The Children of ISIS Don’t Belong in Cages, Either

Children stood behind the fence in the foreigners’ section at Al-Hol detention camp in Kurdish controlled northern Syria. Credit Ivor Prickett for The New York Times
Children stood behind the fence in the foreigners’ section at Al-Hol detention camp in Kurdish controlled northern Syria. Credit Ivor Prickett for The New York Times

Children peer out from behind the bars into the light, scarred by intense trauma and uncertain of their future, terrified both of their prison and the outside world. The images and stories of these youngsters, robbed of their childhood by the extreme violence of life under the Islamic State, are harrowing. Many are unaccompanied, the large majority are under 12. They now find themselves abandoned in appalling conditions in rudimentary camps in Syria. Governments have to do better: This is not the way to treat children who are also victims of terrorism. Nor is it effective counterterrorism policy.

Tens of thousands of men, women and children with an alleged connection to the Islamic State are currently held in camps in northeastern Syria. Most are Iraqis and Syrians, but there are also thousands from some 70 other countries. The situation is tense, and fears have grown recently that remnants of the Islamic State will attack the camps in order to free the actual terrorists.

With notable exceptions, most governments have been slow or reluctant to take back their own nationals, citing security risks and the challenges they face identifying nationalities, gathering admissible evidence to prosecute, and developing reintegration programs. Governments clearly have legitimate security concerns: The fight with the Islamic State is not over. And some of those in the camps — men and women — are hardened fighters who have committed horrifying crimes and must be brought to justice.

But it is wrong to leave the countries and communities of this conflict-battered region to bear such a large burden of this fight. Governments in the rest of the world can demonstrate solidarity in countering terrorism by at least taking responsibility for their own nationals.

The response to terrorism also requires a preventive approach. Leaving tens of thousands of people to languish in camps in Syria is deeply shortsighted. The conditions in the camps provide the ideal environment for the nurturing of further extremism and hatred. The lessons from Camp Bucca, the American-run detention facility in Iraq where the Islamic State’s founder, Abu Bakr al-Baghdadi, was schooled, are clear — grievance and radicalization only deepen the longer people spend there.

Moreover, it should be clear that tarring the children in the camps with the same brush as hardened Islamic State fighters is not right: Born of rape, into detention, indoctrinated into the Islamic State’s cult of cruelty, these children have had little or no agency over their predicament. The situation in Al-Hol camp in Syria is particularly dire: Just getting to the camp, or soon after arrival from late 2018 onward, hundreds of children died from pneumonia, dehydration and malnutrition. Infants — some with shrapnel injuries — are acutely malnourished and many have limited or no access to medical care. These children desperately need care, not further victimization.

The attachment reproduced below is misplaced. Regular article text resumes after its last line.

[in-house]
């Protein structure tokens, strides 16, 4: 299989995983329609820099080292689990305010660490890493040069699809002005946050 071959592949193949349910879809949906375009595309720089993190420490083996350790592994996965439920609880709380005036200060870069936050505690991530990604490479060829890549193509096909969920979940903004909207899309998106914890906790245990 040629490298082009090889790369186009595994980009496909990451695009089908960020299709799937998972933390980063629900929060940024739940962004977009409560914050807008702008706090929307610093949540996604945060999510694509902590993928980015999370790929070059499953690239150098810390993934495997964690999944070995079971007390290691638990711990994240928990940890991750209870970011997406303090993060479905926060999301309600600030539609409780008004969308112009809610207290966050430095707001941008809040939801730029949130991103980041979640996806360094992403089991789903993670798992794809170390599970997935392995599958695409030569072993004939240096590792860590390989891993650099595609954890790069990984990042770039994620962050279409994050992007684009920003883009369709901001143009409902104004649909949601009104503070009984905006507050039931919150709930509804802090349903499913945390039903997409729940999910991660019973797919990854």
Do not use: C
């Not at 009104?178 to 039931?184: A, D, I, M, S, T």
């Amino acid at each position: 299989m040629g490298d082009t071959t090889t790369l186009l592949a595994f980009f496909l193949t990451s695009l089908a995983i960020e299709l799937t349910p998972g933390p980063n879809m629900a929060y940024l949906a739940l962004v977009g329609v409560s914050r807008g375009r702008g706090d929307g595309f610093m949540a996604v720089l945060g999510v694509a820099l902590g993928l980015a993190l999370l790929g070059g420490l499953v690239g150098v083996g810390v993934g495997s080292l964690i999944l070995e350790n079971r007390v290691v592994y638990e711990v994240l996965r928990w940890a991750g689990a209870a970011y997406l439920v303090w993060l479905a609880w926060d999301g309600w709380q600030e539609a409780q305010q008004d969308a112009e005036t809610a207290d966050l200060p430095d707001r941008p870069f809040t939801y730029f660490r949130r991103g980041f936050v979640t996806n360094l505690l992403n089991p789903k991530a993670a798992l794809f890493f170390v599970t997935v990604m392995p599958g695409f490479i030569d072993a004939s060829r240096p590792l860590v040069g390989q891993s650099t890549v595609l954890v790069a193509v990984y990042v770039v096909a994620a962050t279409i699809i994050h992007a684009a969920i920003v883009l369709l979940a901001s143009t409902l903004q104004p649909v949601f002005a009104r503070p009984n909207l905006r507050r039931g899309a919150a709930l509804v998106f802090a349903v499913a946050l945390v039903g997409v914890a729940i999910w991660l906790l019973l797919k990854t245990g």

Governments should immediately take back their citizens in these camps who are most vulnerable: unaccompanied children and orphans; pregnant girls; persons with disabilities; and children with mothers with no record of violence, taking into account the best interests of the child. Many have been subject to abuses, including sexual violence, and they should be provided with appropriate assistance as well as support with reintegration.

Governments should also allow for the immediate return of terrorist suspects in cases where there is enough evidence to prosecute them in their national courts with fair trial protections without resorting to the death penalty. Where evidence is difficult to obtain, governments should explore if lesser crimes can be prosecuted to allow for some accountability. Risk and, where in doubt, nationality assessments should be undertaken for the remaining categories. Governments should adopt tailor-made security measures depending on the individuals, with a view to a progressive repatriation of all concerned and effective reintegration programs for returnees.

This isn’t utopian thinking. A number of governments have been more forward-thinking: Kazakhstan and Kosovo, for example, have taken back hundreds of women and children, and some men. Other countries, including Belgium, France, Germany, Ireland, Italy, Tunisia and Britain have accepted back individual children, sometimes with their mothers. But this is simply not enough.

In the course of many United Nations postings over 30 years, mostly in countries confronting a terrorist threat, I’ve always been struck by how often governments pursue counterterrorism campaigns in such a brutal way that the result has been to create more terrorists. As we survey the illegalities, barbarities and strategic blunders that marked the ill-named “global war on terror” after the attacks of Sept. 11, there can be little doubt that counterterrorism can only succeed if it is based on human rights. We should start with an approach to foreign nationals in Syria that ensures accountability, while giving these children some hope, dignity and whatever remains of their childhood.

Andrew Gilmour is the United Nations assistant secretary-general for human rights.

Deja una respuesta

Tu dirección de correo electrónico no será publicada. Los campos obligatorios están marcados con *